China’s Foreign Reserves Post Record Quarterly Drop on Yuan
Stockpile shrinks $180 billion as PBOC props up currency
Decline in September less than expected, boosting yuan
China’s foreign-exchange reserves fell by a record in the third quarter as the central bank sold dollars to support the yuan after a surprise Aug. 11 devaluation sparked the currency’s steepest slide in two decades.
The stockpile plunged by $180 billion in the three months through September to $3.51 trillion, according to Bloomberg calculations based on data released by the People’s Bank of China on Wednesday. The hoard shrank $43.3 billion in September, less than the $57 billion predicted in a Bloomberg survey, suggesting the pace of central bank intervention has eased.
The PBOC devalued the yuan and switched to a more market-oriented reference rate in August, prompting a 2.6 percent decline in the currency that month and a record$141.66 billion of estimated capital outflows. The monetary authority has been intervening in both the onshore and offshore markets to prop up its exchange rate, a strategy that drains the nation’s reserves and weighs on the supply of money in the domestic market.
“China has been trying to converge the rates in both the onshore and offshore markets,” said Khoon Goh, a senior strategist at Australia & New Zealand Banking Group in Singapore. “The pace of intervention should slow as the dollar is weaker and the onshore and offshore rates are more or less converged.”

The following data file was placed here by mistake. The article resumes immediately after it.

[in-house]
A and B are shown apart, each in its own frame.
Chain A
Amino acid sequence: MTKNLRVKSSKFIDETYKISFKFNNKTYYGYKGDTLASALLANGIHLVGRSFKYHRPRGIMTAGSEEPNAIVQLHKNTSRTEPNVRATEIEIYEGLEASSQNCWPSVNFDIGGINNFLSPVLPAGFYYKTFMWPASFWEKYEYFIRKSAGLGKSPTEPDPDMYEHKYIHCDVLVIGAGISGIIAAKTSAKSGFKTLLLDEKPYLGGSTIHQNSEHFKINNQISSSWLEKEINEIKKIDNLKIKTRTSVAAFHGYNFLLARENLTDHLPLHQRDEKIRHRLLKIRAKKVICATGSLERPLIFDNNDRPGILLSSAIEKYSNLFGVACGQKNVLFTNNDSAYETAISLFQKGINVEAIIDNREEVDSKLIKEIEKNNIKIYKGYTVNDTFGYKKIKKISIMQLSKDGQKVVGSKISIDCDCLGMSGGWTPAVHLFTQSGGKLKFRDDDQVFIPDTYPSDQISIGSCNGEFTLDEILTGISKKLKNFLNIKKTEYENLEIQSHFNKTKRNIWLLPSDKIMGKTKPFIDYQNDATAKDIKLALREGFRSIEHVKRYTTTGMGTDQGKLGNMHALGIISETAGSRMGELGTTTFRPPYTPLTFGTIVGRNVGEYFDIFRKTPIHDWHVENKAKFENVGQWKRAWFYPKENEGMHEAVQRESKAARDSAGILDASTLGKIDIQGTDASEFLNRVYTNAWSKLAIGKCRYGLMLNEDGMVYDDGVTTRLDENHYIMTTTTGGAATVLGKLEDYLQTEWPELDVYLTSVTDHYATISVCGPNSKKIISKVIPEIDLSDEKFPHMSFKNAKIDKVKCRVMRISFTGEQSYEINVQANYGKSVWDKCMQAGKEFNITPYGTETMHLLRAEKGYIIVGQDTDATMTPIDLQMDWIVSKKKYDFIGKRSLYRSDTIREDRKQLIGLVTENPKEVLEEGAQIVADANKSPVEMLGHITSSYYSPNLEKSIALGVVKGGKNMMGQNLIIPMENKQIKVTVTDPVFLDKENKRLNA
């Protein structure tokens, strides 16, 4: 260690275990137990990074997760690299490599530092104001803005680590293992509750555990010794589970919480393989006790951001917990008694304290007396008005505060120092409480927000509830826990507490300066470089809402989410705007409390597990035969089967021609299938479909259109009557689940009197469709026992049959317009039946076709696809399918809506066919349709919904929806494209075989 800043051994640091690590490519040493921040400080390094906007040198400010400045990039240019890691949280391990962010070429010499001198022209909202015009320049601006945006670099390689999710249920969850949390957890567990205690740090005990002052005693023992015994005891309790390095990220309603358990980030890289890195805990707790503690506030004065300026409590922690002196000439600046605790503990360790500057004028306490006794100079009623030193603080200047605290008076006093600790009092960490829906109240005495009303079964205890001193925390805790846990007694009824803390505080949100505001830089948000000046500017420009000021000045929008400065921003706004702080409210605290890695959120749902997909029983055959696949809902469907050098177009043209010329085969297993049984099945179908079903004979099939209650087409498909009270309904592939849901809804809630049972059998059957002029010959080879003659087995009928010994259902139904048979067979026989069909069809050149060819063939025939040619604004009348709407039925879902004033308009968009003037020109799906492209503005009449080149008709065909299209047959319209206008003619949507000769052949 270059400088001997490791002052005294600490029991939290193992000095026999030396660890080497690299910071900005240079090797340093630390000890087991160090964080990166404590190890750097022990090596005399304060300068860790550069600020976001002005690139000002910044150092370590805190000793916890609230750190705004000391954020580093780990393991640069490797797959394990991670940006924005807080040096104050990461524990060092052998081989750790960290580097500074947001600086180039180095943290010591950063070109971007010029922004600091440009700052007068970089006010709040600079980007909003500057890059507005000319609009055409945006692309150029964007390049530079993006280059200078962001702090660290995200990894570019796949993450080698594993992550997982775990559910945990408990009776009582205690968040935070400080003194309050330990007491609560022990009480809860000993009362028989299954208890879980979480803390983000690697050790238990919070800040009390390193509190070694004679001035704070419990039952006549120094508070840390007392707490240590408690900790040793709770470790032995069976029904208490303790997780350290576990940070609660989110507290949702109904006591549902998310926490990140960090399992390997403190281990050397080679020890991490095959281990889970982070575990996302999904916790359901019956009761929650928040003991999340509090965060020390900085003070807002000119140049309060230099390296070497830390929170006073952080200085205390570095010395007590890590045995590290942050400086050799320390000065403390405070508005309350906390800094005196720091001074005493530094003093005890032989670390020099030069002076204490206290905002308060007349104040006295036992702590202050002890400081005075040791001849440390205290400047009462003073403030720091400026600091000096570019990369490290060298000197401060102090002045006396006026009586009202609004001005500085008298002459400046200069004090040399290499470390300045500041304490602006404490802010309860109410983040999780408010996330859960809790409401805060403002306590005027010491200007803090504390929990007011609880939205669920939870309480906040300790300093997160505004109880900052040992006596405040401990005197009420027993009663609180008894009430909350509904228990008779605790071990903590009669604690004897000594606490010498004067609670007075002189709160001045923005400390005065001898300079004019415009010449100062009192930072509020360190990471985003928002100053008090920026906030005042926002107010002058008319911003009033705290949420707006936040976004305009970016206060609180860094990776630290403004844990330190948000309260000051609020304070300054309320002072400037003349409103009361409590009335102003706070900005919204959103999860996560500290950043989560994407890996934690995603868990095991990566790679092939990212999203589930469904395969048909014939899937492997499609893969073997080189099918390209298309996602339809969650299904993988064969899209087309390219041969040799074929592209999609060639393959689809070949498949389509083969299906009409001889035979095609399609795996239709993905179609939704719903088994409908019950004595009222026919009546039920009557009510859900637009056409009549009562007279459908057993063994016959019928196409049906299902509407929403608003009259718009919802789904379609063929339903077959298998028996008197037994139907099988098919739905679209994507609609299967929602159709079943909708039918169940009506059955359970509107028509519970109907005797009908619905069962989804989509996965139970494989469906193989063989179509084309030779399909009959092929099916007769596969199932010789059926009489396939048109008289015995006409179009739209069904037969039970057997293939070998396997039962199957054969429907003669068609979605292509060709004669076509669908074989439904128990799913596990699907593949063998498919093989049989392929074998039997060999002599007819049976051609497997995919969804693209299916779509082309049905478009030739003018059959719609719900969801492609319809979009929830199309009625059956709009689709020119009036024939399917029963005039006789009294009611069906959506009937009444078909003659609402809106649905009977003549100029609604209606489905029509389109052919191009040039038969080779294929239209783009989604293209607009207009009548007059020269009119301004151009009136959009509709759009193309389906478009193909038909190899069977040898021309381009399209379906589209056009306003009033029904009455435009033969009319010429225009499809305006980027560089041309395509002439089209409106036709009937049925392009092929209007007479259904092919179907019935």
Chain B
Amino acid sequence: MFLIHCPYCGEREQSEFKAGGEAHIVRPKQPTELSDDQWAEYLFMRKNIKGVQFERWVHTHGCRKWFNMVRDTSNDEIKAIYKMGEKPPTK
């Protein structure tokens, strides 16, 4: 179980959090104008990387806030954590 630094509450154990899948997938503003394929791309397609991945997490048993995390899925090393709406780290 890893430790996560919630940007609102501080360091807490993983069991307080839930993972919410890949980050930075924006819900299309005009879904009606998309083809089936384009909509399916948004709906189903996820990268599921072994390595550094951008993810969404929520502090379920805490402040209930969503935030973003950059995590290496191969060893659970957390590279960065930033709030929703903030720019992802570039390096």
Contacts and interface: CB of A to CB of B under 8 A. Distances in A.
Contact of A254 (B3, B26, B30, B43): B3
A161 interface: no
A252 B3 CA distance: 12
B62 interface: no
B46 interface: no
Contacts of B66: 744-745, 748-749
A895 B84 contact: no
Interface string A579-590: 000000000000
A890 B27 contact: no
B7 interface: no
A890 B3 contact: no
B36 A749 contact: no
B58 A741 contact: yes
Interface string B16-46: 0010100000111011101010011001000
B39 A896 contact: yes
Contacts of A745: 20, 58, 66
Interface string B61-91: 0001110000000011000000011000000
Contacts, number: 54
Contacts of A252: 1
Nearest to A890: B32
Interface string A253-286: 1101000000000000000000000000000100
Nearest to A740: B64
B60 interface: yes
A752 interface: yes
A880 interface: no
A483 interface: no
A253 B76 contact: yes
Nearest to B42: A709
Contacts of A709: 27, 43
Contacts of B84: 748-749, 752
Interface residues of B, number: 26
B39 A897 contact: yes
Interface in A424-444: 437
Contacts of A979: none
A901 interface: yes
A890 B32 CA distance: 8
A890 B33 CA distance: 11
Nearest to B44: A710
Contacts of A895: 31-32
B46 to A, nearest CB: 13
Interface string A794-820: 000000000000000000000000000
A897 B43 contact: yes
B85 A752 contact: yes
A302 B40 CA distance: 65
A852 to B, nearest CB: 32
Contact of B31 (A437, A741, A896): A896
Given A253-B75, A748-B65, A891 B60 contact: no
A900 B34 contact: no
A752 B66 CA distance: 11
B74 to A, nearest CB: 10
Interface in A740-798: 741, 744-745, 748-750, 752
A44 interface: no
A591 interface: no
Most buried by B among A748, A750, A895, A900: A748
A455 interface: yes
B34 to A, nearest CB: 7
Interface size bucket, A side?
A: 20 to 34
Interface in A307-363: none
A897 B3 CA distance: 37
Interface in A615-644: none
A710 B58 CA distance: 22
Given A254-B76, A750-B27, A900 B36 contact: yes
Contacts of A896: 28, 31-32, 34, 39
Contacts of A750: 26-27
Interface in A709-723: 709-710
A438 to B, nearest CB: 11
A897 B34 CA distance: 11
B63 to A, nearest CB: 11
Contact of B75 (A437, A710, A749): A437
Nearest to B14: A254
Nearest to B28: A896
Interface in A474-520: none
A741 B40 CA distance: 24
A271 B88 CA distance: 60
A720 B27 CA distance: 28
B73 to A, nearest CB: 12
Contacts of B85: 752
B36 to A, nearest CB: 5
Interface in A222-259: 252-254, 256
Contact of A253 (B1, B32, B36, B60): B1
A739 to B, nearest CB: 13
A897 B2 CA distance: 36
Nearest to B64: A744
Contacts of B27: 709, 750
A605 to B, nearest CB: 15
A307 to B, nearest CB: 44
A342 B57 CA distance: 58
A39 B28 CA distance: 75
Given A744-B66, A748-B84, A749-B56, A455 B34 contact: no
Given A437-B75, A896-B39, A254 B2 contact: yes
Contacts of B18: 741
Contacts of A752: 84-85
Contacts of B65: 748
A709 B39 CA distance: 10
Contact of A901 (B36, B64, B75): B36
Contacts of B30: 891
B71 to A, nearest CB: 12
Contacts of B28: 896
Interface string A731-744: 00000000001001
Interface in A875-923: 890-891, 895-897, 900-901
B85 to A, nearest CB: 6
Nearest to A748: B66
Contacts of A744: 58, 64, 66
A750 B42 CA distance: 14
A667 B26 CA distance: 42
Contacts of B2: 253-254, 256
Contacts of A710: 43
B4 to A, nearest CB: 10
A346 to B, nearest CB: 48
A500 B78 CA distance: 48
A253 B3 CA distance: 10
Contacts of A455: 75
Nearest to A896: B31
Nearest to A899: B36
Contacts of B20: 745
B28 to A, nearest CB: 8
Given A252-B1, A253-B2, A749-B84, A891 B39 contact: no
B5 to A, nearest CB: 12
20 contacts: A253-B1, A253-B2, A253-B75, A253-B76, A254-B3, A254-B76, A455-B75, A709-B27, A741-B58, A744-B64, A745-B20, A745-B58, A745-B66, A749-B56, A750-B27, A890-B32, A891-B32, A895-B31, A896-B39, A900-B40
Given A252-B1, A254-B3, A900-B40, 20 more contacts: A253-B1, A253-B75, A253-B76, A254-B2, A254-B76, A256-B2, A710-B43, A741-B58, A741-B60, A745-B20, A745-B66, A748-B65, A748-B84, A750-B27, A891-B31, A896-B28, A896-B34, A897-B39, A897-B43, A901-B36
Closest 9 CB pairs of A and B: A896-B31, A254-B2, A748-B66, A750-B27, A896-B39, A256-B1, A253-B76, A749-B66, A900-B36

The offshore yuan, which last week traded stronger than the Shanghai spot price for the first time since July, posted the biggest monthly advance in four years in September. Its discount to the onshore price exceeded 2 percent a day after the devaluation on anticipation of further declines.
The currency in Hong Kong strengthened after the reserves data, trading 0.13 percent higher at 6.3474 a dollar as of 11:02 a.m. local time. Onshore markets reopen on Thursday after a week-long holiday.
The yuan overtook Japan’s yen to become the fourth most-used currency for global payments in August, rising to its highest ranking ever and boosting its claim for reserve status at the International Monetary Fund. The proportion of transactions denominated in yuan climbed to a record 2.79 percent in August, from 2.34 percent in July, according to a Society for Worldwide Interbank Financial Telecommunications statement on Tuesday.
The report came as the IMF prepares to conduct a twice-a-decade review of its Special Drawing Rights basket, which currently comprises the U.S. dollar, euro, yen and the British pound. China has been pushing the yuan’s case for inclusion, which Standard Chartered Plc estimated could trigger as much as $1 trillion of inflows into the currency.
The central bank has this year lowered the proportion of deposits that lenders must lock away in an effort to offset capital outflows and intervention to support the yuan.